Practically all of the energy on which bodily functions depend is derived from oxidations. It makes no difference whether these functions are normal or whether they are pathologic. The subject, therefore, is of as great concern to the clinician as it is to the physiologist, and both have studied the variations in respiration under different conditions. On the whole, the physiologist has had the advantage in that he provides the variables, one at a time, at his choice, whereas the internist must accept the variables as they present themselves in his patients. The physiologist finds in the acute experiment that animals breathe harder on administration of carbon dioxide, on the administration of a gaseous mixture low in oxygen, on the intravenous injection of acid, cyanide or sodium bicarbonate. The internist finds that his patients breathe harder with fever, with cardiac disturbances, with acidosis.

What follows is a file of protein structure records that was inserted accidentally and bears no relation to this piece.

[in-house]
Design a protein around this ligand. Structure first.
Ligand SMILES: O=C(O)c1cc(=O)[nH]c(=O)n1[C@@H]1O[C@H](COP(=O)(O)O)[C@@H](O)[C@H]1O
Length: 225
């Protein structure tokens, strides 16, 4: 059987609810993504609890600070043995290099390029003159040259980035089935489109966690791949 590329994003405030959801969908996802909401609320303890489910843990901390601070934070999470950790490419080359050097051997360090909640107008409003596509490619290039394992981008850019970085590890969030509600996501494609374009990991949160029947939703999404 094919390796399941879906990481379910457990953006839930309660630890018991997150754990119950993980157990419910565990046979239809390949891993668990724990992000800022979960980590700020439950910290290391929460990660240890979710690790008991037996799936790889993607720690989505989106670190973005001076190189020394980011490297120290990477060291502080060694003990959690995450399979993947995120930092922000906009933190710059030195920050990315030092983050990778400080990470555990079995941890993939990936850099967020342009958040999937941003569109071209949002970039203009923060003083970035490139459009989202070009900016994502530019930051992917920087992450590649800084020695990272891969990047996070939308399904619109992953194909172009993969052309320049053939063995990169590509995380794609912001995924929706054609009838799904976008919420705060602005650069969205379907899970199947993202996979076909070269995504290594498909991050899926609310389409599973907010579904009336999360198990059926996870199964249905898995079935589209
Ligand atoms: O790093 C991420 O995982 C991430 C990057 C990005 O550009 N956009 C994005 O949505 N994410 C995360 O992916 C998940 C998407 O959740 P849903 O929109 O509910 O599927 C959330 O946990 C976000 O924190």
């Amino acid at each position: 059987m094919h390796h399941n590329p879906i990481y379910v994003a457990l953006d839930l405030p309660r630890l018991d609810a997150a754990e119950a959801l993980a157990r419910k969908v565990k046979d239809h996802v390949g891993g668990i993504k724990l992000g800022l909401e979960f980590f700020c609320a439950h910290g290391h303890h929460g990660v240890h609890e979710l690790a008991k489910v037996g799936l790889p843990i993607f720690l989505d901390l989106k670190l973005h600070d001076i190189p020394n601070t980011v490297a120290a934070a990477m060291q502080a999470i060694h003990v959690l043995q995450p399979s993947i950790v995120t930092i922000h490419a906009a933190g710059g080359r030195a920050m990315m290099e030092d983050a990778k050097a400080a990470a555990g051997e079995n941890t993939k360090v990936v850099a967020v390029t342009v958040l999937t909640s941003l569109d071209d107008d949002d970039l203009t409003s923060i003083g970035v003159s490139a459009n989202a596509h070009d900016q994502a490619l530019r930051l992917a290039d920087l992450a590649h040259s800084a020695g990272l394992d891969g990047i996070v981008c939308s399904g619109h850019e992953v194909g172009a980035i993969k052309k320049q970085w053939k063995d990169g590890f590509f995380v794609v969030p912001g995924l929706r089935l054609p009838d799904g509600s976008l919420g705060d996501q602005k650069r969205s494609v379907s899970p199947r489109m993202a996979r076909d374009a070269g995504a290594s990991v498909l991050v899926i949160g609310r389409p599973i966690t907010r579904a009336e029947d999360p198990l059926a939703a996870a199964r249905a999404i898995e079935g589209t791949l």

The physiologist is better equipped for fundamental